Re: ( Score: 2)

Better weight ratio but it's awkward to haul around. It seems to leak easier than water (made obvious by that alcohol smell it gets on stuff) ), and you have to haul around bulky partly-empty containers.

I've done it before, but it'd be nice to have a powder. That said, your point is spot on - you get a lot of bang for your weight-buck with concentrated liquid alcohol, not so much with this adsorbed stuff.

Re: ( Score: 3)

Package 80 proof in juice box bags. Sell it at outdoor supply stores. Not your responsibility if people smuggle it into games/movies/the Opera/schools.

I knew kids who injected Vodka into oranges to eat at lunch. Couldn't really get a buzz that way. More about getting away with something.

Re: ( Score: 2)

Re: ( Score: 2)

Powdered alcohol is stupid. ( Score: 5, Insightful)

Anyone that thinks this stuff makes any sense at all is merely ignorant.

Here is the thing, alcohol is a liquid. The most compact state for alcohol to be in is a liquid. The only way to have powdered alcohol without adding a lot of filler to it that will make it take up MORE space and more weight would be to freeze it and then smash up the frozen alcohol into a powder and then keep that at freezing temperatures.

Sound practical? Me neither.

What they're obviously doing is adding a chemical, probably a sugar of some description, and allowing that substance to absorb the alcohol.

while you CAN do that, why would you want to do that? It will take up MORE space and weigh MORE per unit of weight or volume.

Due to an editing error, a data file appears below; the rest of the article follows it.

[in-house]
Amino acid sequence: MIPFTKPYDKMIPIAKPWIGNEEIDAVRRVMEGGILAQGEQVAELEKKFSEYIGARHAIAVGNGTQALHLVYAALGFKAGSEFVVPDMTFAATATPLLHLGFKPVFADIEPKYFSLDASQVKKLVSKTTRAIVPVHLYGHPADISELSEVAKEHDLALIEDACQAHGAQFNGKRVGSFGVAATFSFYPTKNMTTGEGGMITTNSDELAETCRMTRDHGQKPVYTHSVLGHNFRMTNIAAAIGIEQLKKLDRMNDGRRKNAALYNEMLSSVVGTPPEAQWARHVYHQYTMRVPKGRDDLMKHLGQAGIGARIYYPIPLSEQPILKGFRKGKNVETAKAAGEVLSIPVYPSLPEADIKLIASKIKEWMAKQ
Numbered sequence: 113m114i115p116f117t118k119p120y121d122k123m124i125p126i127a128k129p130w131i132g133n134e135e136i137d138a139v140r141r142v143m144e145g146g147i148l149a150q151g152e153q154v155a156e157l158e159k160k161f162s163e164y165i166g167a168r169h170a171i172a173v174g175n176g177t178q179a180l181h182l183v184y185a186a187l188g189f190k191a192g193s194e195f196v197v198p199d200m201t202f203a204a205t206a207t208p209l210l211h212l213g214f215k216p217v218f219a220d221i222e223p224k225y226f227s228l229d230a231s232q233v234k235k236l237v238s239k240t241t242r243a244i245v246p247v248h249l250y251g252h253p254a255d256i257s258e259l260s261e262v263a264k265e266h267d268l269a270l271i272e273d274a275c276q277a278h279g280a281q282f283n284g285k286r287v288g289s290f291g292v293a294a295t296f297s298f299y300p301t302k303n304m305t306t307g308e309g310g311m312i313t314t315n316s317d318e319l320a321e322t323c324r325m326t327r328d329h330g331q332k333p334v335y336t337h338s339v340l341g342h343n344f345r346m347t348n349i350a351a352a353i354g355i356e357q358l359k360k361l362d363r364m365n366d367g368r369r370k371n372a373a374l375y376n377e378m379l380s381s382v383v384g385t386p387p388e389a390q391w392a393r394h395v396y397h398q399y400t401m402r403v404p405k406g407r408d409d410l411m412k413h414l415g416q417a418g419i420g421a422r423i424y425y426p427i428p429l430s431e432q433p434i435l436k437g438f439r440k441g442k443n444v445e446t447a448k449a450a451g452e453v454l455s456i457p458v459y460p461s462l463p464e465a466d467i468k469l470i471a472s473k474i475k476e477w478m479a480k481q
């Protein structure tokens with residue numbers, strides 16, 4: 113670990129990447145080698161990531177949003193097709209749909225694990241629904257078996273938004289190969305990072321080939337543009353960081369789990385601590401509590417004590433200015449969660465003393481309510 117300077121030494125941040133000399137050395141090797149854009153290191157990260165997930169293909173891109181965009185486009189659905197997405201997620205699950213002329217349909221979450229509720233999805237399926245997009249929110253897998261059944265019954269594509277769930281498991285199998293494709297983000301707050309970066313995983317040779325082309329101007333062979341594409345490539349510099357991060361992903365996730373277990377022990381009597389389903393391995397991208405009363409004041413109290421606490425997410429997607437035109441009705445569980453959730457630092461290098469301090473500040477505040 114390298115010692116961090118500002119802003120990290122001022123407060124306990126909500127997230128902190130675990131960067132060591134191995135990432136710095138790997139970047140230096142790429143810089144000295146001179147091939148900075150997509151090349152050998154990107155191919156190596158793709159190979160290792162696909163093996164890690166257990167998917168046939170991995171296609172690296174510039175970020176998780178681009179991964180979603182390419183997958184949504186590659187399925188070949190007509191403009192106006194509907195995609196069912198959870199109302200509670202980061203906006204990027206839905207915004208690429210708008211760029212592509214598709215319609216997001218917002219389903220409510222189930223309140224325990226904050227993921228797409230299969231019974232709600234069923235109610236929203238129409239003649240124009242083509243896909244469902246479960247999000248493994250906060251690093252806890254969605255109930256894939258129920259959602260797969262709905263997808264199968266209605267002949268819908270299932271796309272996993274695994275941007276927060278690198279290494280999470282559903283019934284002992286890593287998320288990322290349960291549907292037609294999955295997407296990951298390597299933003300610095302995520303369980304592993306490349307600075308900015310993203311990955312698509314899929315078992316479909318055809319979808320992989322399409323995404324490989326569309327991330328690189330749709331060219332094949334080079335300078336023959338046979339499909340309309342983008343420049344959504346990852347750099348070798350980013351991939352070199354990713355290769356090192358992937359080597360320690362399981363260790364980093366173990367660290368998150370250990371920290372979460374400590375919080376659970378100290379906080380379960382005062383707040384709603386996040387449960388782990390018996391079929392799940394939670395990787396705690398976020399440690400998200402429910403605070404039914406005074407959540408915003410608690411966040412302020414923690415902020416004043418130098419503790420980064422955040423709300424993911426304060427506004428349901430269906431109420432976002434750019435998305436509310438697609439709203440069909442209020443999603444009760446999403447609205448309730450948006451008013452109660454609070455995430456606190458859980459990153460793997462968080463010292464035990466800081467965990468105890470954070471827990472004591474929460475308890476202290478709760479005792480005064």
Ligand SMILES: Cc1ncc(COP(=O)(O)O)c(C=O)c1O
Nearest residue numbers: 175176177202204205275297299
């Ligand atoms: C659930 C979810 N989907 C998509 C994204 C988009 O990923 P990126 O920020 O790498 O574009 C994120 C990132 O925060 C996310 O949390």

So what the fuck is the point? People keep talking about powdered alcohol like people are going to be able to compress 2 liter vodka bottles into little pouches where you just add water and you get a strong alcoholic drink.

You won't though. unless you have something like 10 liters of powder to dissolve in the water.

the amount of alcohol you'll actually be able to store in any sugar crystal going to be miniscule. And sugar molecules are often quite large. so you're talking about a lot of mass invested into containing a very small amount of alcohol. Why?

Get yourself some 200 proof booze, put it in a flask, and if you want drink, then mix that with some amount of water because you really don't want to drink 200 proof booze straight unless you're completely crazy.

Re: ( Score: 3)

lighten up, Francis. The product is a compact way to carry a cocktail, it takes less space than the cocktail. There are other concentrated cocktail mixes at your local liquor store, yes?

So settle down, or we'll have to send a jungle ranger to shoot you in the butt with a tranq dart.

Re: ( Score: 2)

Have you ever hiked long distances with a bottle of vodka? I have. It's not the vodka that's the PITA, it's the bottle.

While I'm still not too keen on this product, let's not pretend that there's no reasons for preferring a powder to liquids even at the cost of some disadvantages.

Re: ( Score: 2)

Go to REI, get yourself a flexible water bag. those camel packs or whatever. And then put your booze in that.

There clearly isn't enough rat poison in the municipal water system.